-Tom ⭐⭐⭐⭐⭐

“This is the definition of what creator books are. Making the thing he wanted to do, all fun, double page spreads, throwing Krull, Star Wars and Game Of Thrones all into the mix. More comics should be like this, just end it when it’s right and do something else. He should be very proud of what he’s made.”
-Dan ⭐⭐⭐⭐⭐

It’s a full-on fantasy thing. I rarely read books a second time but I will in this case, there’s so much to discover. It lacks humour and for that I won’t give it 5 stars but this is not a photocopy of something else, it’s a bunch of indulgence.
-Jake ⭐⭐⭐⭐

Author’s note: While formatting this article it occurred to me I completely forgot to mention the fact we have a female lead here. I tend to gloss over the specifics when I write reviews but wanted to point to this aspect in particular given the number of action heroines appearing in SF today. Thea is a complex character coming into leadership with conflicted turorship from her grieving father, and a brother who appears to be forging his own path. She is a girl whose story is worth following!

Thea at rest

Rust: Visitor in the field

It’s pretty rare that we get an almost complete consensus on a given book given our wildly varying tastes and interests. I can proudly say that my latest selection, Rust: Visitor in the field by Royden Lepp, managed just this.

To a man, we all agreed that this book is very, very brown.

Rust is so slathered in brown-ness that all of us found it hard to get past the monotony of the sepia colour scheme. There’s no respite from the mud-brown tones over 100 or so pages. No clever splash of contrast colour to draw the eye, no secondary palette to refresh the senses. The brown just goes on and on and on and on…

The palette

The vibrant Rust palette

We were browned out after page 2. Not a great start.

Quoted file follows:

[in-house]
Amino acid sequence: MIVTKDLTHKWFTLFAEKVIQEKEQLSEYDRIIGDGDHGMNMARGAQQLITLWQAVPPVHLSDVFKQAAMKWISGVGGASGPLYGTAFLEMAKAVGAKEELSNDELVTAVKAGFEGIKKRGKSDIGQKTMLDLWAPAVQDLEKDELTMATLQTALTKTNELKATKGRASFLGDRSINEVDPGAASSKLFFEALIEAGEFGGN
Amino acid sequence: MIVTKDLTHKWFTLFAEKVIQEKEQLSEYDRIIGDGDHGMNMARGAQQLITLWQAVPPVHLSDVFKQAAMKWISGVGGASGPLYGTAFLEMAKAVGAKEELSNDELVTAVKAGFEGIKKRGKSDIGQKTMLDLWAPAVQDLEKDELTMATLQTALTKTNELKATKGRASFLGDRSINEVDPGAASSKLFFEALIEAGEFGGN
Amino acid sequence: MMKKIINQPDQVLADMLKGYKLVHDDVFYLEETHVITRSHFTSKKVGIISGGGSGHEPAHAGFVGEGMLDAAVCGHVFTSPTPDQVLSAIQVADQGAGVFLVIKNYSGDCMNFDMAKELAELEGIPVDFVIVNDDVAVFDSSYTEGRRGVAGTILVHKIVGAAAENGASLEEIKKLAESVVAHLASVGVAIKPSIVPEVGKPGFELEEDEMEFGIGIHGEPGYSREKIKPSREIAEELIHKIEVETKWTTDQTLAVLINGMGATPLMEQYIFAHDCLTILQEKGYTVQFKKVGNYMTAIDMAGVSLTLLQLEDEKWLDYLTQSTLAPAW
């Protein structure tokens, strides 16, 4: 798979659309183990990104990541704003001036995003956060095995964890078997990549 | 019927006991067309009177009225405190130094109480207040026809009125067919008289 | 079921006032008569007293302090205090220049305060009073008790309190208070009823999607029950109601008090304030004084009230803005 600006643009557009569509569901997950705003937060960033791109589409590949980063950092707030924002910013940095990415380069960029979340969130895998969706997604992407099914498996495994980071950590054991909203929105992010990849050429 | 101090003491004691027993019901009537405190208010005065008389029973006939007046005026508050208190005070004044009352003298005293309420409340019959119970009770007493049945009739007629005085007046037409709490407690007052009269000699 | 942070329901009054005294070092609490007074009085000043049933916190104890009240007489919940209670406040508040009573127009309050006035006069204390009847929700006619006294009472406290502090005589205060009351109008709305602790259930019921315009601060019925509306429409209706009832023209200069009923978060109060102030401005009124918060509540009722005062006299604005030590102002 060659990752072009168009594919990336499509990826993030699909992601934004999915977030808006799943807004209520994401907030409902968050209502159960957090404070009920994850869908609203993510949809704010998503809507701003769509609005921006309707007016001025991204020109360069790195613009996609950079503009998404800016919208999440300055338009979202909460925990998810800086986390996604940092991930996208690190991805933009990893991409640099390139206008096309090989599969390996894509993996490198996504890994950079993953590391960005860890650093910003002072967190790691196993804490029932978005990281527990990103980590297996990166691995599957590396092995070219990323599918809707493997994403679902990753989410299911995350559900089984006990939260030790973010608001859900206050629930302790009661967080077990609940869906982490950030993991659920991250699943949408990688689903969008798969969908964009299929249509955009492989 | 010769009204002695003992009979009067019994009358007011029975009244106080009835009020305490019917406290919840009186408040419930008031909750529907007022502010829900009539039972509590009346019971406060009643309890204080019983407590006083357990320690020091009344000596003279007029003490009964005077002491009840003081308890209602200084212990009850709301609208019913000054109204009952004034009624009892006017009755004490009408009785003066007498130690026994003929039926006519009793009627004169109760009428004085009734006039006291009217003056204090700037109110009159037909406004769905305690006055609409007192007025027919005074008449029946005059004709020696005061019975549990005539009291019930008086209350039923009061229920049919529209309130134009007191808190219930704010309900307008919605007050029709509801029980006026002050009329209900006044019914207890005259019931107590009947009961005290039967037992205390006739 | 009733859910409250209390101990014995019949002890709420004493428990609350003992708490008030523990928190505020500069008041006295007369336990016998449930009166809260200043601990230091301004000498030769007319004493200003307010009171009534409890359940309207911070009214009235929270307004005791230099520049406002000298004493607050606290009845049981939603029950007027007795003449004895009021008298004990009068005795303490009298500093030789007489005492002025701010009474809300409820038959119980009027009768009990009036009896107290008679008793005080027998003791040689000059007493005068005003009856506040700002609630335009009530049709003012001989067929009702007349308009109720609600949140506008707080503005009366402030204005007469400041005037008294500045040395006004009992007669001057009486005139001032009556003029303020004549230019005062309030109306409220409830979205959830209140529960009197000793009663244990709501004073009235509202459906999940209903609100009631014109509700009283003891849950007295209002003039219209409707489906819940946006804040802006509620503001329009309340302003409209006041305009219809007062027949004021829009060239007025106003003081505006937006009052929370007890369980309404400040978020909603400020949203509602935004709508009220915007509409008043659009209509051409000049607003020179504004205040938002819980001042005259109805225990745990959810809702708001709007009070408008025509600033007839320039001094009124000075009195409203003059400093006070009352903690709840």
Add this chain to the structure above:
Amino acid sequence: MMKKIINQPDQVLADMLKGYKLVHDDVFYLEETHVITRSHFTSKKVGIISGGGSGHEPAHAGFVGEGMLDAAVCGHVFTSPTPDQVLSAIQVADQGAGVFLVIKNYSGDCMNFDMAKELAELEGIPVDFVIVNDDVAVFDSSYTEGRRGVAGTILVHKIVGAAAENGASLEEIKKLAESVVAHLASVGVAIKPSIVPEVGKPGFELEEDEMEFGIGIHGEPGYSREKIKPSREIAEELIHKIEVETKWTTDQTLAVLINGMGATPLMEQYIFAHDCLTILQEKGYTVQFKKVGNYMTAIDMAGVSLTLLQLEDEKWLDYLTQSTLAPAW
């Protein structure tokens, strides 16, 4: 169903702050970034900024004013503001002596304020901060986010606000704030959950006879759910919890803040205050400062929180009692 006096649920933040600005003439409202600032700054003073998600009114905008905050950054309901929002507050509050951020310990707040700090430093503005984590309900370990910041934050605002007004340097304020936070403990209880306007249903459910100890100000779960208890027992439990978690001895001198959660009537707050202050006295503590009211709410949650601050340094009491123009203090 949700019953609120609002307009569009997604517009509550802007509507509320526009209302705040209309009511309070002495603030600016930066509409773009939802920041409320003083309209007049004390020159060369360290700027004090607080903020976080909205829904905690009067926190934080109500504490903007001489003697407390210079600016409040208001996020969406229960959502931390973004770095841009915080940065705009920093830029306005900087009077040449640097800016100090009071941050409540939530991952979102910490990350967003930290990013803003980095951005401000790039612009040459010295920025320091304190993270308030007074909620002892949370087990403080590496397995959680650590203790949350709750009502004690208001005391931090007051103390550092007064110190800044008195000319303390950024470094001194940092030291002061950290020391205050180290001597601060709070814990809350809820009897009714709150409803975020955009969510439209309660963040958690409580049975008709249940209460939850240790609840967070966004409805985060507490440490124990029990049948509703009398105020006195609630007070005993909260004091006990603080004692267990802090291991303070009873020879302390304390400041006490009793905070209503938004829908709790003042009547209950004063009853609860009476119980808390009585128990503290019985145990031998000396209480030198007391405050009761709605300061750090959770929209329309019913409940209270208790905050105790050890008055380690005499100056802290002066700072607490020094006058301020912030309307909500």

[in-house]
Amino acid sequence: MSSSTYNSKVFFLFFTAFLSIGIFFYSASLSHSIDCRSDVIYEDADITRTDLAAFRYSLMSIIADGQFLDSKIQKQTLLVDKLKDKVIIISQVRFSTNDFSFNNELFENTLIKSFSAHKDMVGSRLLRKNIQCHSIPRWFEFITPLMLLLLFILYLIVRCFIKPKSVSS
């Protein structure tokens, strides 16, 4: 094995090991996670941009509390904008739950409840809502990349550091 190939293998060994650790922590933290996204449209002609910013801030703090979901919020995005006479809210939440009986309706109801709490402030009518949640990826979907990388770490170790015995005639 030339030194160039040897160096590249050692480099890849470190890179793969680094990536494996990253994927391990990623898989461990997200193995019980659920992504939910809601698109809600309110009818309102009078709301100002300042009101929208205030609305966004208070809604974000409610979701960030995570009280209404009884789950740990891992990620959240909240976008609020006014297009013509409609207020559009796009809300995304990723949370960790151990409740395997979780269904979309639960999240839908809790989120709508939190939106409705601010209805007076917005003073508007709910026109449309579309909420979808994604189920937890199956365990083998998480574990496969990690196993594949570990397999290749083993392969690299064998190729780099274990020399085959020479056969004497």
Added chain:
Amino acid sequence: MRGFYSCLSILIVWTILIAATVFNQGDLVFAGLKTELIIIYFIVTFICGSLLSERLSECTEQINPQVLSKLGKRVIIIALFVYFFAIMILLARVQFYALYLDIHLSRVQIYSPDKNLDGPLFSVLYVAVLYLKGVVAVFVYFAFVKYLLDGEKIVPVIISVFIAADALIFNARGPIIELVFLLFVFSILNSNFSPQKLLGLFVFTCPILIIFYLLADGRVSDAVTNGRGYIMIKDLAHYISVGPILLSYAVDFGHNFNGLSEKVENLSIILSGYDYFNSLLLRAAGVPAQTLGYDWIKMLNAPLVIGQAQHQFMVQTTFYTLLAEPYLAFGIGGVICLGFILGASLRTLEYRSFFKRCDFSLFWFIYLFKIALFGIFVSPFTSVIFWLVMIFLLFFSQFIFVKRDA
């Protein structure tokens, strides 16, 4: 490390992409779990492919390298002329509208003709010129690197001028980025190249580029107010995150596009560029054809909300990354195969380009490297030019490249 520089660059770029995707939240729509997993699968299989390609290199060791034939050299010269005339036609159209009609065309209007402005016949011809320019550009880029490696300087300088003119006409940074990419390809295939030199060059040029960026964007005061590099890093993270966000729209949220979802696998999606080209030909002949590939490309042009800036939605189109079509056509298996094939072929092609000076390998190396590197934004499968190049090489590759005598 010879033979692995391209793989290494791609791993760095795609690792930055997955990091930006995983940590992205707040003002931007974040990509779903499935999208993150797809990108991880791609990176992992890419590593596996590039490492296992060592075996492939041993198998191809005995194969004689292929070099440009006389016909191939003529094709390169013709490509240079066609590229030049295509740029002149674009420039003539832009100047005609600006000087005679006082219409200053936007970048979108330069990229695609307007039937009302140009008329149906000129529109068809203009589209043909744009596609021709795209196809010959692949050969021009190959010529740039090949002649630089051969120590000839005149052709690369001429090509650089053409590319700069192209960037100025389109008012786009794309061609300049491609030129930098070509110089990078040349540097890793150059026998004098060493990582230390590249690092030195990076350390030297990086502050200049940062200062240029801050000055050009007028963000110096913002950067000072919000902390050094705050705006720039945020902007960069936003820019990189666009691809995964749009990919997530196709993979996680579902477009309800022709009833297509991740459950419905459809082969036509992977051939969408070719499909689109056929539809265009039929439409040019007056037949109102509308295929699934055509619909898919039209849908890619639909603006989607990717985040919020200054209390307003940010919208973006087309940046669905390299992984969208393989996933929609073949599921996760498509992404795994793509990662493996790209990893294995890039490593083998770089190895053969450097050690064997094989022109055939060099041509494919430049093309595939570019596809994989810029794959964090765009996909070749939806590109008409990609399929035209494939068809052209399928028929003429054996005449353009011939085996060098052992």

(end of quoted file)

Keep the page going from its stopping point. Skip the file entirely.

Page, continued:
The art

We were mostly in agreement on other aspects of the art in Rust. I couldn’t help but find it derivatively angular and not very exciting. I’ll admit to kinda liking the design of the steampunk-style giant robots. No one else did though.

Hmmm. Bland.


Jake rounded on the artist’s (over)use of a single Photoshop motion blur effect and a lack of dynamism in general. He wasn’t very impressed with some of the faces, one scene depicting dinner around a farmhouse table eliciting the statement “That’s one of the worst faces I’ve ever seen”.

Tom spotted that the whole thing is laid out and designed like an animated cartoon, betraying Lepp’s origins as an animator.

When Tom, an animator himself, pointed out that the book is essentially set out as an animation storyboard it suddenly became clear why there are so many redundant panels or overlong sequences for minor actions.

The action in Rust feels drawn out and in slow-motion as if Lepp can’t break free of detailing every change of camera-angle in a sequence lasting a few seconds. Unfortunately, what works in animation frames is lost in comic book panels as the reader wades through treacle before anything happens.

Rust is full of slow-motion action

Tom also took issue with another of Lepp’s apparent hangovers from his animation past. He felt that every character, from small-town farmhand to giant war robot, was copied from a 3D reference model, posed each time. To Tom this is a ‘lazy’ approach resulting in visually consistent but mechanical, lifeless art.

I’m of the old-skool that says you draw everything by hand - especially if it’s hard


The story

The book itself is a remarkably brief and ephemeral read. We all blitzed through it in under 20 minutes, finding little of substance or originality to hold on to.

There are many hints of other, better, books such as Astro Boy and Big Guy and Rusty the Boy Robot, it was hard not to want to sprint to the end and read those instead.

Jake persevered and read volumes 2 & 3, mainly because they were cheap digitally and just as quick to read as this one. At the end he still wasn’t convinced. And everything is still brown.

I first found it on some dodgy pirate site. It was vertical scrolling for 15 mins and then it just ends. I was a bit drunk


The summary

Too short, too brown, too little substance and too much like a lot of other, better things. Maybe read if you find them all cheap on Comixology and you really like brown.

Note: Kelv couldn’t make the meetup but provided a brief summation of his thoughts and a score at a later date.

The scores

- Dan ⭐⭐

- Tom ⭐⭐

- Jake ⭐⭐⭐

- Kelv ⭐⭐⭐

The Shadow Hero

The (Western?) World’s first Chinese superhero! Gene Luen Yang creates an origin story for a forgotten, subversive character from the Golden Age. The Green Turtle! It’s fair to say that he has found a golden nugget from that era.